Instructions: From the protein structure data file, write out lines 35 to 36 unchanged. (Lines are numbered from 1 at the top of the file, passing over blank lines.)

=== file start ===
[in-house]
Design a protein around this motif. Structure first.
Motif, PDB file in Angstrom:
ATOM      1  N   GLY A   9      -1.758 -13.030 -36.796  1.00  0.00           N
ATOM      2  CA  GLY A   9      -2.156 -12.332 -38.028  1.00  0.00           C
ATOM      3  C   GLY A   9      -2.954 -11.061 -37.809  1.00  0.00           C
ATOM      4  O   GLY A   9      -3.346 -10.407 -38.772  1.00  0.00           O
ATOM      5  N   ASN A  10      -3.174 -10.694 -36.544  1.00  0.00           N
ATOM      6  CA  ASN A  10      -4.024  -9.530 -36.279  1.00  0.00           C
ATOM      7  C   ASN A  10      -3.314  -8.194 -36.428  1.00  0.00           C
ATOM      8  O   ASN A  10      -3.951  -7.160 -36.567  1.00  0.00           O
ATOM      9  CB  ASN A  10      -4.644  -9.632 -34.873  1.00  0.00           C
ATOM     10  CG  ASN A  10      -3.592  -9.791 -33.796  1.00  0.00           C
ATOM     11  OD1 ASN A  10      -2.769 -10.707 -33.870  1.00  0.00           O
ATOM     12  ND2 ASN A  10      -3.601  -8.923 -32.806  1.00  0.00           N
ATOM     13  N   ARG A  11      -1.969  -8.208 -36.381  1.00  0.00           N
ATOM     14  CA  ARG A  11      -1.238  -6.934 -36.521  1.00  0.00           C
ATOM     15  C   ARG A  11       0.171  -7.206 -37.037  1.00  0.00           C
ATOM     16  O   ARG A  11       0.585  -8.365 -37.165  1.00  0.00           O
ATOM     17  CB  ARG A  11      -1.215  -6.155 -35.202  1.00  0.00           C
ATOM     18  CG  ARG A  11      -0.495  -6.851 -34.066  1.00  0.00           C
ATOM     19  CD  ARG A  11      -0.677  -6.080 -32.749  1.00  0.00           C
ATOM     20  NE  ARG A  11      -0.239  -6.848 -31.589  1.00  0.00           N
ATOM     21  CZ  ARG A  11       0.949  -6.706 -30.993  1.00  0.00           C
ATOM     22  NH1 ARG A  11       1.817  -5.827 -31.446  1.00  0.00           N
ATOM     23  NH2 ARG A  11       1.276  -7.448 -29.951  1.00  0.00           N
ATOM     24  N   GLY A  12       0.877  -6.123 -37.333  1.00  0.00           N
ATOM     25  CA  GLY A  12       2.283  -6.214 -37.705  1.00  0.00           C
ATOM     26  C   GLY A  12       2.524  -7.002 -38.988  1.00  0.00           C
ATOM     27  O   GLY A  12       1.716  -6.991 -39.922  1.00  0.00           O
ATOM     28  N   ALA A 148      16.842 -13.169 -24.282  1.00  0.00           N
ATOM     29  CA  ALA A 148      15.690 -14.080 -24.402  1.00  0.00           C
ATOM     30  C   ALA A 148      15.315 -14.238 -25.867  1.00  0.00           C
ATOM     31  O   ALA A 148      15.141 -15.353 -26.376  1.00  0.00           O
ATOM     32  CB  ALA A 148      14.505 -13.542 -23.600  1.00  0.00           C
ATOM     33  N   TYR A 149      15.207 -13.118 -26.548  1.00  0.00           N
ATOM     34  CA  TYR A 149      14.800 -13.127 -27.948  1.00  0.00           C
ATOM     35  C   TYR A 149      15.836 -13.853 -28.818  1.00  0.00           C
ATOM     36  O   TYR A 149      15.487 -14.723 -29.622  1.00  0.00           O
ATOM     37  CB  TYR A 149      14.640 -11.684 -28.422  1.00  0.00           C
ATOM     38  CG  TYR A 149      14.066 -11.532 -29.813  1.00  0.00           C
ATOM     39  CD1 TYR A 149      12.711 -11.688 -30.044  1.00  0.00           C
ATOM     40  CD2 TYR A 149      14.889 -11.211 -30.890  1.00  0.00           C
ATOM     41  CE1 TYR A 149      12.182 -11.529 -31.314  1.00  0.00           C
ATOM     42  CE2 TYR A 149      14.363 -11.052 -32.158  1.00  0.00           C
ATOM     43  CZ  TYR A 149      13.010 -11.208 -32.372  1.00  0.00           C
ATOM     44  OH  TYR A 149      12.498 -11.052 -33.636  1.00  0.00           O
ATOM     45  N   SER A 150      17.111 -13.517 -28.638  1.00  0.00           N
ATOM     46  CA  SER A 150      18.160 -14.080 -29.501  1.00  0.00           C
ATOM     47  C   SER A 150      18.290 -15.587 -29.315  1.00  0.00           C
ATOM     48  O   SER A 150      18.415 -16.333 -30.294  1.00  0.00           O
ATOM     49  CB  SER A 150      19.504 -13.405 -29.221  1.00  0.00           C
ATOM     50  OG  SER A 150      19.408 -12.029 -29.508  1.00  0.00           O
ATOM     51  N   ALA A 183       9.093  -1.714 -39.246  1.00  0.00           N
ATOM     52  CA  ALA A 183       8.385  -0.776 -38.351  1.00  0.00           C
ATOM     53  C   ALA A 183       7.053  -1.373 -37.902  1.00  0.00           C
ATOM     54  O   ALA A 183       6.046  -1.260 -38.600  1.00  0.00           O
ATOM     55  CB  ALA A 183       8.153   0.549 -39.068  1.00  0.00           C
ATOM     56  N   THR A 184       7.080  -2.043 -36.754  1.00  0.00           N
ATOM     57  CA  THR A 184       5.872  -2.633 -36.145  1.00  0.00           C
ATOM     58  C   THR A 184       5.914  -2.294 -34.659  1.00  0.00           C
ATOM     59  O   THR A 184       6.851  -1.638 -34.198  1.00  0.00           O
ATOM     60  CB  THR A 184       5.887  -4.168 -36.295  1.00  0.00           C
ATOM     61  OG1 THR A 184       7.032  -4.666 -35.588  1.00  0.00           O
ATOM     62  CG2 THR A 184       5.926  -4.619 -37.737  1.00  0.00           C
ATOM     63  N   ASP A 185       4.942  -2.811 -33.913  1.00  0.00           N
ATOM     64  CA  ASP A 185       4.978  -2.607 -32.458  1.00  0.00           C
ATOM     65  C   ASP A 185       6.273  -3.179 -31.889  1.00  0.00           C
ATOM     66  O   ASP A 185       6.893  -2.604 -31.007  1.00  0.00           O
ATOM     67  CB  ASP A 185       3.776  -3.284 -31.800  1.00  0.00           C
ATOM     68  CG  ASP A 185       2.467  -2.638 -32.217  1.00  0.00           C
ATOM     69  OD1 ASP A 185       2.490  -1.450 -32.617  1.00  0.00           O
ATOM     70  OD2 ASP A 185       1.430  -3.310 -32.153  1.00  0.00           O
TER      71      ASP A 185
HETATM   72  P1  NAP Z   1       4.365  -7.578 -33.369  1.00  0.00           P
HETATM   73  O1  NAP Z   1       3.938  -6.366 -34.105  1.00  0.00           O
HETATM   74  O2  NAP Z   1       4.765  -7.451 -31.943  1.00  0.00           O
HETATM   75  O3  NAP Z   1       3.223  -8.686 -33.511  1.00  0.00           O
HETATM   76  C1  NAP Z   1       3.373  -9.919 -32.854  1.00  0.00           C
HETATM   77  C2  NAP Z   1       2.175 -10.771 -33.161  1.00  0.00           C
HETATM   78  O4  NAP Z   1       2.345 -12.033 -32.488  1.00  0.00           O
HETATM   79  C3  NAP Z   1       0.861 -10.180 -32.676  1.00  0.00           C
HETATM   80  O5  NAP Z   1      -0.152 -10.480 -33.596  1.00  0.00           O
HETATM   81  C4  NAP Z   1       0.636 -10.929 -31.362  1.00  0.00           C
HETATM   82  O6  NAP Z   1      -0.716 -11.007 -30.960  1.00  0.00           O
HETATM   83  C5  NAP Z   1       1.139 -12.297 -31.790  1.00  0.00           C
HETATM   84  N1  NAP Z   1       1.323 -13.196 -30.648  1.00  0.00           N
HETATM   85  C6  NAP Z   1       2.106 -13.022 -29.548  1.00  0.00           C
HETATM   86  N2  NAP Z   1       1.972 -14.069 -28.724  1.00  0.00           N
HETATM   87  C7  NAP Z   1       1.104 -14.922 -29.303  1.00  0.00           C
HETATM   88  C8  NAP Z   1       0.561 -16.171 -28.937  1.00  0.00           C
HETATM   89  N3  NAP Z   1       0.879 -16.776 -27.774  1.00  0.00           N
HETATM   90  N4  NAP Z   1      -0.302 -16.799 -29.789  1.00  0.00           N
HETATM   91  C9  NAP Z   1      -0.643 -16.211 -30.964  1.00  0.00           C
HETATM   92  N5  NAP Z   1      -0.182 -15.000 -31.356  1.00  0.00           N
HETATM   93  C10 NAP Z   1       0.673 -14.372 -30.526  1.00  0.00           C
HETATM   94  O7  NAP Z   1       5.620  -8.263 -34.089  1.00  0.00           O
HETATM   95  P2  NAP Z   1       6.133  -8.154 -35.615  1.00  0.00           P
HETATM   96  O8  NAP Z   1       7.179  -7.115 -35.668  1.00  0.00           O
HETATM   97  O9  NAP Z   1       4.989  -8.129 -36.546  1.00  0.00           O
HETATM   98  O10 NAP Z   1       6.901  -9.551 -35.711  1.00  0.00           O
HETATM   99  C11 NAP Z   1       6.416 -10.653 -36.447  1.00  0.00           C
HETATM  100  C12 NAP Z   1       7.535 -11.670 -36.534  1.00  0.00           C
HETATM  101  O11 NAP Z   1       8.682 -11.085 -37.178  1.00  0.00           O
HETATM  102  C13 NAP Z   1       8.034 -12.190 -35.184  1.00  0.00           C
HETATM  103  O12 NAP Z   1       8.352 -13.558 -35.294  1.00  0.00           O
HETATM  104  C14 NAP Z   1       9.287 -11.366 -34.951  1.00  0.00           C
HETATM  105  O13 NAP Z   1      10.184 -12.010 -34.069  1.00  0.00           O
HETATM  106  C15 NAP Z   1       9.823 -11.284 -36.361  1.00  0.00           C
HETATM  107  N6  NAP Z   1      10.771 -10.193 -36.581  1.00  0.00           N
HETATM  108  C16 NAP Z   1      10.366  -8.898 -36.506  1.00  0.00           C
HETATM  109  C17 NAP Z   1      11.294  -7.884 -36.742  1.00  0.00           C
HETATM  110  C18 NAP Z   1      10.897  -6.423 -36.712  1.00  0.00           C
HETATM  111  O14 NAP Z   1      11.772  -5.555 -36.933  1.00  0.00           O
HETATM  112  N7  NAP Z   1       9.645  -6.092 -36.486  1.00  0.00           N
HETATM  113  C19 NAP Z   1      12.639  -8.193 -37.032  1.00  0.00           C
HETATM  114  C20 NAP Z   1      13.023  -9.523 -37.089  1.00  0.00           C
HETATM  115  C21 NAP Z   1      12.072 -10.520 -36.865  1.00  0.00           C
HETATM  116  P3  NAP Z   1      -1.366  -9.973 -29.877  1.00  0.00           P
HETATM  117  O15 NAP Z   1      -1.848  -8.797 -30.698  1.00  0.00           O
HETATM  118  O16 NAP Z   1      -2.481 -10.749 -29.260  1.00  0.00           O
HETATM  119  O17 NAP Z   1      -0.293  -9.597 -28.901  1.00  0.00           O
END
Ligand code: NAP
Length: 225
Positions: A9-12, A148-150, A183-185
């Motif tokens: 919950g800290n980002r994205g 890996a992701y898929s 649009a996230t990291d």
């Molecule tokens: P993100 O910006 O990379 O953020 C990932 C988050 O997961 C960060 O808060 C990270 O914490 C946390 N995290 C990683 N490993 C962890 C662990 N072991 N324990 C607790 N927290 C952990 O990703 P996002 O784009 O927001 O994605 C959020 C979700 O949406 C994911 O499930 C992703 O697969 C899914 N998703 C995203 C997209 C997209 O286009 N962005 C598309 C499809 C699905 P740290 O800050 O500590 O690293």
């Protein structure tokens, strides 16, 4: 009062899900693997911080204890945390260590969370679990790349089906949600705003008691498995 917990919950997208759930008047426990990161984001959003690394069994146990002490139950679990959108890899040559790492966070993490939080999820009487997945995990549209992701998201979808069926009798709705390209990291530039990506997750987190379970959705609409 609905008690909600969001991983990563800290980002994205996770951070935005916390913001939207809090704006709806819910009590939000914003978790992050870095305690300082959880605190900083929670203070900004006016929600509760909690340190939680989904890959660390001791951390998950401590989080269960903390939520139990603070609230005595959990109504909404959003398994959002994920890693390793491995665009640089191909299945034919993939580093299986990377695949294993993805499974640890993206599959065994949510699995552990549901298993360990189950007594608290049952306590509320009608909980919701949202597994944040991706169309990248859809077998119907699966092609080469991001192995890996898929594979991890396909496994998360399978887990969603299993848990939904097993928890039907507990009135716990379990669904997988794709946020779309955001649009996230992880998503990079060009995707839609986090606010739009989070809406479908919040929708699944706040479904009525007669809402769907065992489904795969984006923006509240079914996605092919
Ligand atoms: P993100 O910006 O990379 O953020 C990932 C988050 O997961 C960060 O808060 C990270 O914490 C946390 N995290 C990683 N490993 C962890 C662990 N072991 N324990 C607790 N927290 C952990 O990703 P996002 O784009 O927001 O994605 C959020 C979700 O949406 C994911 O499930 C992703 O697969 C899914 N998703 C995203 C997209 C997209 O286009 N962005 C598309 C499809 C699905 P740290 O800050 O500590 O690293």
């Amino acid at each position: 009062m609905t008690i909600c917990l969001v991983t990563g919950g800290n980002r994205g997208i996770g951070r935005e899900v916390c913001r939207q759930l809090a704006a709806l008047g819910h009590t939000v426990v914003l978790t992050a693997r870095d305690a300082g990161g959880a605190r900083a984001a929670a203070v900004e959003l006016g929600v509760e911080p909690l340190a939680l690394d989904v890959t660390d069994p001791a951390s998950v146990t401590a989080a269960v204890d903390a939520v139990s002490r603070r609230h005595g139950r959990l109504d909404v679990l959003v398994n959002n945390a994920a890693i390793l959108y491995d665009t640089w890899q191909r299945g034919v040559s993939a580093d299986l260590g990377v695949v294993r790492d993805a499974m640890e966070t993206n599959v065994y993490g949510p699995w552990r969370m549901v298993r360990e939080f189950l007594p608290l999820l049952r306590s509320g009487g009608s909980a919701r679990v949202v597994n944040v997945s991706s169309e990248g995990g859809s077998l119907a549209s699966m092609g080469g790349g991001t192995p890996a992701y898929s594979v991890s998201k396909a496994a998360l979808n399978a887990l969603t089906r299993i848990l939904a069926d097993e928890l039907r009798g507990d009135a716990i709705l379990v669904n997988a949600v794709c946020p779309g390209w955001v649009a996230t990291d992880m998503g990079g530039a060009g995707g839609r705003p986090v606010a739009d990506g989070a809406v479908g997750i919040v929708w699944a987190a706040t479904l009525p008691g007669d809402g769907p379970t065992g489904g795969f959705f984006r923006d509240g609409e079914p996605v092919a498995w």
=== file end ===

ATOM     32  CB  ALA A 148      14.505 -13.542 -23.600  1.00  0.00           C
ATOM     33  N   TYR A 149      15.207 -13.118 -26.548  1.00  0.00           N